E-mail etiquette

Many of my columns over the years are stored on this blog and the reason I started doing that was to be able to point readers to the archive, and cunningly save myself the work of answering some of the questions that inevitably arise.

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The only trouble is that people will ask questions I haven’t yet written answers to. The latest case in point was a query about the availability of classes in e-mail etiquette. I must confess I don’t know of any but it got me started thinking about what I would see as the E-mail Etiquette Essentials (EEEs).

The first and most important thing for me is to take an extra second or two to greet the addressee. In my life as a journalist and web publisher, I have received a ton of e-mail and nothing makes me lose interest as fast as someone who does not bother to greet me.

Brevity is good but leaping into a question without any acknowledgement is beyond terse. You wouldn’t walk up to a stranger in the street and ask them a question with out greeting them first; well maybe you would, but it’s not a good idea if you want a favourable response.

A second very important thing for me to be as polite as you would be when talking face-to-face with somebody. In fact, you probably need to be even more careful because the addressee can’t see you and pick up visual clues that you’re being funny or ironic.

Another thing is that people get lots of e-mail and it is only right not to increase the burden by passing on virus warnings, jokes you think funny, and appeals for charity or chain letters.

There’s nothing wrong in sharing a link to a website or a joke with a friend, but firing a message at your whole address book is wrong. This is especially true when the message contains large attachments that will clog up the addressee’s mail system and use up their bandwidth.

The next point is along the same lines and that is to be brief but, and listen to this well, not too brief. You may know what you mean and what action you want the other person to take, but you have to consider whether they will have the same understanding.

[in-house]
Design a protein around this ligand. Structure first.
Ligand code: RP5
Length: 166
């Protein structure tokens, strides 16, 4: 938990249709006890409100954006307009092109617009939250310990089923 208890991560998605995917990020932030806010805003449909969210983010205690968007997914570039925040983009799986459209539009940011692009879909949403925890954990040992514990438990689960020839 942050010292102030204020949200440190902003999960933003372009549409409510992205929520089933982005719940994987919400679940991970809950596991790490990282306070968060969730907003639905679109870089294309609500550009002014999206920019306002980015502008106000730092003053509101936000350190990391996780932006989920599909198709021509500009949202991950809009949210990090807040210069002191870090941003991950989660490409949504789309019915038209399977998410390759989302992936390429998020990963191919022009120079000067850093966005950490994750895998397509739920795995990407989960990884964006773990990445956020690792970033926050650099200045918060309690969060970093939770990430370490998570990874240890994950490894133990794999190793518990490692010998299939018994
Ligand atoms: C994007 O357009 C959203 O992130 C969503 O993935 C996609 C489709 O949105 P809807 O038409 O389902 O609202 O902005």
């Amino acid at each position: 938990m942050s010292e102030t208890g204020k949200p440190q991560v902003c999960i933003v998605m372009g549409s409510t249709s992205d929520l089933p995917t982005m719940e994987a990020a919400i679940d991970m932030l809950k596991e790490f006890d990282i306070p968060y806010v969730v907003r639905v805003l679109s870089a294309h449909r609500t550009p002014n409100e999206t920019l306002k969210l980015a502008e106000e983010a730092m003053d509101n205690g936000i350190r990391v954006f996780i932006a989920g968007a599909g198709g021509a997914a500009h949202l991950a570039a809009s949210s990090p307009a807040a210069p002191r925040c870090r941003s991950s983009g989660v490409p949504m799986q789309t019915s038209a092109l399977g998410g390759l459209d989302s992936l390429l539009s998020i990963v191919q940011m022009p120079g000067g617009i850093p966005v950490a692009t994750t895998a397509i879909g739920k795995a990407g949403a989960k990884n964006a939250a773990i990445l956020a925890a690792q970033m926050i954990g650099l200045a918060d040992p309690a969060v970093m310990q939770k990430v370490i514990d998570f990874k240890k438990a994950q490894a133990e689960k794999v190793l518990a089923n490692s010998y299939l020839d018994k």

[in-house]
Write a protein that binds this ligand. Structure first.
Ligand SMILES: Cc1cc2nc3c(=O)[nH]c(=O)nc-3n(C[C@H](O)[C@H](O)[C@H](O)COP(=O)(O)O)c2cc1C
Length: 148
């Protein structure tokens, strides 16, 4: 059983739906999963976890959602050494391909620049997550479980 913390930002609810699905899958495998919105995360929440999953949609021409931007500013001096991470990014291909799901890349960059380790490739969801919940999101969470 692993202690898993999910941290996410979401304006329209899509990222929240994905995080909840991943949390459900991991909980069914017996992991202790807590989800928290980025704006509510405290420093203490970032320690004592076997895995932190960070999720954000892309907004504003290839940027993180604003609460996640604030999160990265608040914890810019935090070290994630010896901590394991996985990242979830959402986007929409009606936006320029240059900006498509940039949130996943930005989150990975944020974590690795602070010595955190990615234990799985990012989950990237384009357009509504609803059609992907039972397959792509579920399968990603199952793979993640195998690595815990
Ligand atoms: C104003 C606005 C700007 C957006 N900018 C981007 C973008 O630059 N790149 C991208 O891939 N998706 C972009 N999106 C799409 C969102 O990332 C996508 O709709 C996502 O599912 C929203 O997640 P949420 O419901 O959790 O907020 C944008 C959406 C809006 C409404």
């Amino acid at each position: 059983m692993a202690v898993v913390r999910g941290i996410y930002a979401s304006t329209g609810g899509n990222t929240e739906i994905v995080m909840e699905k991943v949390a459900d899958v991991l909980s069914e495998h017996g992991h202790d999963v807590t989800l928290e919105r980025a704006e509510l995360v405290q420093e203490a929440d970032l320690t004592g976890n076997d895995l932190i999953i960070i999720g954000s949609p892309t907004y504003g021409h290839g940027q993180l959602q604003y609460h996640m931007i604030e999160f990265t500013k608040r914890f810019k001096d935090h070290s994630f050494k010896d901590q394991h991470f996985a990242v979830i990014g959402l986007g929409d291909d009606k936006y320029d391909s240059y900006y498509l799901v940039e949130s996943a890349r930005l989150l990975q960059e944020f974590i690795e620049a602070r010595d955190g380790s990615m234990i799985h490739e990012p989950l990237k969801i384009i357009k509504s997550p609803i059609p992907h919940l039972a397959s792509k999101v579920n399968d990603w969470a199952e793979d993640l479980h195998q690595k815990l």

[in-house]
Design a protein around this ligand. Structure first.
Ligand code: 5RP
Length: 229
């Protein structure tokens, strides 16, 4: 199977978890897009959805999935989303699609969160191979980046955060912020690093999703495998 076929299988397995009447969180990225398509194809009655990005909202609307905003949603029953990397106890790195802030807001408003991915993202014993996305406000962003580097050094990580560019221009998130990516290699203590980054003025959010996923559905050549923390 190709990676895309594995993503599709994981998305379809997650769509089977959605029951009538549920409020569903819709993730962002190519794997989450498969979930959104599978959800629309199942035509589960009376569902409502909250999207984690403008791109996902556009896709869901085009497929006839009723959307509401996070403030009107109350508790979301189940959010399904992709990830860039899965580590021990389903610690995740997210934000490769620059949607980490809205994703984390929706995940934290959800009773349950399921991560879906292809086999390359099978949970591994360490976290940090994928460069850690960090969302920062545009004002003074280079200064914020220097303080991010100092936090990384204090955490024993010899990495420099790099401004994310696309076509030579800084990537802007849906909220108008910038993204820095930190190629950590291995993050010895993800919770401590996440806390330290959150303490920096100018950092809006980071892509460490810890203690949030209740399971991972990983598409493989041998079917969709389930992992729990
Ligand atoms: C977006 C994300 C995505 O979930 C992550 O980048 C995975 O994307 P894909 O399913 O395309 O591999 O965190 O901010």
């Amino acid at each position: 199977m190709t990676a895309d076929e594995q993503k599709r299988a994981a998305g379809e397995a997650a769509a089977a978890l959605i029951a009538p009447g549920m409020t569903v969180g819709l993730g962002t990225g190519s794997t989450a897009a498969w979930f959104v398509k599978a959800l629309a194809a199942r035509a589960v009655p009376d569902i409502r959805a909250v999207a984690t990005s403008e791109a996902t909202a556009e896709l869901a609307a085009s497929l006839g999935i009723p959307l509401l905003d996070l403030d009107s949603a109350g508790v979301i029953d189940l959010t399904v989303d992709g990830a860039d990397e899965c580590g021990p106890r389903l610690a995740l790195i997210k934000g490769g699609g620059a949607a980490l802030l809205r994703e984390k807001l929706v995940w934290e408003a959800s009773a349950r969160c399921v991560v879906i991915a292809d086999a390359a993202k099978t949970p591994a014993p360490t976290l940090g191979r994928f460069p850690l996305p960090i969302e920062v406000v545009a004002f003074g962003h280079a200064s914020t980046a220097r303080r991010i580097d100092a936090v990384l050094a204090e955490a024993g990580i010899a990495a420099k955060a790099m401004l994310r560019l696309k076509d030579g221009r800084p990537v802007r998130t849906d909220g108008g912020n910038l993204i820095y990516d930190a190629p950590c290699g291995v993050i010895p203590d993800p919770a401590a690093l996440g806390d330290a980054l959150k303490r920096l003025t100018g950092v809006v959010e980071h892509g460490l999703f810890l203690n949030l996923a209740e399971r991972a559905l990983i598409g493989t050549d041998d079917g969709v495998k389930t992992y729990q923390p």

I’m going to suggest applying the granny test, which is to ask yourself, once the message is written, if your granny would understand it.

Re-reading messages before sending them is in any case essential and will give you the chance to correct grammar and spelling. A slapdash effort will not produce a favourable impression, especially when it comes to prospective employers and the like.

E-mail etiquette should also cover receiving e-mails and I’d say that here, the most important aspects are to read the whole e-mail and to try and answer all the questions it contains.

I sometimes think that people only read as far as the first question and are in such a hurry to get you off their backs, that they instantly fire off a response, ignoring the balance of your message.

The last few e-mail essentials are probably less etiquette and fall more under the heading of self-preservation. You have to bear in mind that e-mail is probably not ever totally private and, although made up of bits and bytes, may persist for a very long time.

There is no way to guarantee for example, that long-forgotten and embarrassing e-mails won’t surface again at the precise moment that you are running for Parliament, or applying for a raise at your place of employment.

It would probably be better never to put anything in an e-mail that you wouldn’t write on the back of a postcard and file in the library.

The worst thing you could possibly do is to fire off e-mail while drunk or in anger. Your frank declaration of love (or hatred) for your boss could easily come back to bite you at the most inconvenient time.

These are a few items, which occurred to me as sensible rules for using e-mail, but there is a lot more on the subject on the Internet. One site I found was emailreplies.com and it has a long list of dos and don’ts.

All the rules are sensible and the site also stresses the need for businesses to have an e-mail policy to avoid problems, including litigation. It even provides a sample policy that can be used as a starting point.

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